Networks of lakes and streams are linked by downslope flows of material and energy within catchments. Understanding how bacterial assemblages are associated with nutrients and stoichiometric gradients in lakes and streams is essential for understanding biogeochemical cycling in freshwater ecosystems. In this study, [...] Read more.
Networks of lakes and streams are linked by downslope flows of material and energy within catchments. Understanding how bacterial assemblages are associated with nutrients and stoichiometric gradients in lakes and streams is essential for understanding biogeochemical cycling in freshwater ecosystems. In this study, we conducted field sampling of bacterial communities from lake water and stream biofilms in Erhai Lake watershed. We determined bacterial communities using high-throughput 16S rRNA gene sequencing and explored the relationship between bacterial composition and environmental factors using networking analysis, canonical correspondence analysis (CCA), and variation partitioning analysis (VPA). Physicochemical parameters, nutrients, and nutrient ratios gradients between the lake and the streams were strongly associated with the differences in community composition and the dominant taxa. Cyanobacteria dominated in Erhai Lake, while Proteobacteria dominated in streams. The stream bacterial network was more stable with multiple stressors, including physicochemical-factors and nutrient-factors, while the lake bacterial network was more fragile and susceptible to human activities with dominant nutrients (phosphorus). Negative correlations between bacterial communities and soluble reactive phosphorus (SRP) as well as positive correlations between bacterial communities and dissolved organic carbon (DOC) in the network indicated these factors had strong effect on bacterial succession. Erhai Lake is in a eutrophic state, and high relative abundances of Synechococcus (40.62%) and Microcystis (16.2%) were noted during the course of our study. CCA indicated that nutrients (phosphorus) were key parameters driving Cyanobacteria-dominated community structure. By classifying the environmental factors into five categories, VPA analyses identified that P-factor (total phosphorus (TP) and SRP) as well as the synergistic effect of C-factor (DOC), N-factor (NO3), and P-factor (TP and SRP) played a central role in structuring the bacterial communities in Erhai Lake. Heterogeneous physicochemical conditions explained the variations in bacterial assemblages in streams. This study provides a picture of stream–lake linkages from the perspective of bacterial community structure as well as key factors driving bacterial assemblages within lakes and streams at the whole watershed scale. We further argue that better management of phosphorus on the watershed scale is needed for ameliorating eutrophication of Erhai Lake. Full article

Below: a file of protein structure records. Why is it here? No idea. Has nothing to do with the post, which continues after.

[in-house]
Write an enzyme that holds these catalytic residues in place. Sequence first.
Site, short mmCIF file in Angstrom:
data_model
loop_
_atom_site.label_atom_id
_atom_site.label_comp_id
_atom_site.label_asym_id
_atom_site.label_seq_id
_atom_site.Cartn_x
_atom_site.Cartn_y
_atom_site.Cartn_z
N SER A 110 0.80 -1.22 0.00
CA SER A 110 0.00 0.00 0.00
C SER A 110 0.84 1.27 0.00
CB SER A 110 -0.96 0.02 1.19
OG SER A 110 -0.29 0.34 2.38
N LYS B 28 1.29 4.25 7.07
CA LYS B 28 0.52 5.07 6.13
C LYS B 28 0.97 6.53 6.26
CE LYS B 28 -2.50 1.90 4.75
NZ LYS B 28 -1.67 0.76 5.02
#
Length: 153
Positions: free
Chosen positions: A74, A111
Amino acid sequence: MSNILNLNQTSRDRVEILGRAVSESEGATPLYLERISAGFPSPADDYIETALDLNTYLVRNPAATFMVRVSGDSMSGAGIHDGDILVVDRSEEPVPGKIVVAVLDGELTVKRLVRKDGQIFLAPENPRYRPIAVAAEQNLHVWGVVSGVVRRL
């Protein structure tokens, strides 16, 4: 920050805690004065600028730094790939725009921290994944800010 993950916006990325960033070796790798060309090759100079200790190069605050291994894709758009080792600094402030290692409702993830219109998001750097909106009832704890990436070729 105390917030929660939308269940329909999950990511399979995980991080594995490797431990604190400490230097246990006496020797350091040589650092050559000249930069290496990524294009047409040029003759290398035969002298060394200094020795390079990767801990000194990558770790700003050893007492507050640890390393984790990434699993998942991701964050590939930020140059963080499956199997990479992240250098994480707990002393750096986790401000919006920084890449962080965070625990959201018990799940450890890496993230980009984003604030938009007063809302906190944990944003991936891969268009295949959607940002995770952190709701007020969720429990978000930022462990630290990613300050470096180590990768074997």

(This article belongs to the Special Issue Advancing Knowledge on Cyanobacterial Blooms in Freshwaters)
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19 pages, 4579 KiB  
Article
An Ecological Function Approach to Managing Harmful Cyanobacteria in Three Oregon Lakes: Beyond Water Quality Advisories and Total Maximum Daily Loads (TMDLs)
Water 2019, 11(6), 1125; https://doi.org/10.3390/w11061125 - 29 May 2019
Cited by 9 | Viewed by 3909
Abstract
The Oregon Department of Environmental Quality (ODEQ) uses Total Maximum Daily Load (TMDL) calculations, and the associated regulatory process, to manage harmful cyanobacterial blooms (CyanoHABs) attributable to non-point source (NPS) pollution. TMDLs are based on response (lagging) indicators (e.g., measurable quantities of NPS [...] Read more.
The Oregon Department of Environmental Quality (ODEQ) uses Total Maximum Daily Load (TMDL) calculations, and the associated regulatory process, to manage harmful cyanobacterial blooms (CyanoHABs) attributable to non-point source (NPS) pollution. TMDLs are based on response (lagging) indicators (e.g., measurable quantities of NPS (nutrients: nitrogen {N} and phosphorus {P}), and/or sediment), and highlight the negative outcomes (symptoms) of impaired water quality. These response indicators belatedly address water quality issues, if the cause is impaired riparian functions. Riparian functions assist in decreasing the impacts of droughts and floods (through sequestration of nutrients and excess sediment), allow water to remain on the land surface, improve aquatic habitats, improve water quality, and provide a focus for monitoring and adaptive management. To manage water quality, the focus must be on the drivers (leading indicators) of the causative mechanisms, such as loss of ecological functions. Success in NPS pollution control, and maintaining healthy aquatic habitats, often depends on land management/land use approaches, which facilitate the natural recovery of stream and wetland riparian functions. Focusing on the drivers of ecosystem functions (e.g., vegetation, hydrology, soil, and landform), instead of individual mandated response indicators, using the proper functioning condition (PFC) approach, as a best management practice (BMP), in conjunction with other tools and management strategies, can lead to pro-active policies and approaches, which support positive change in an ecosystem or watershed, and in water quality improvement. Full article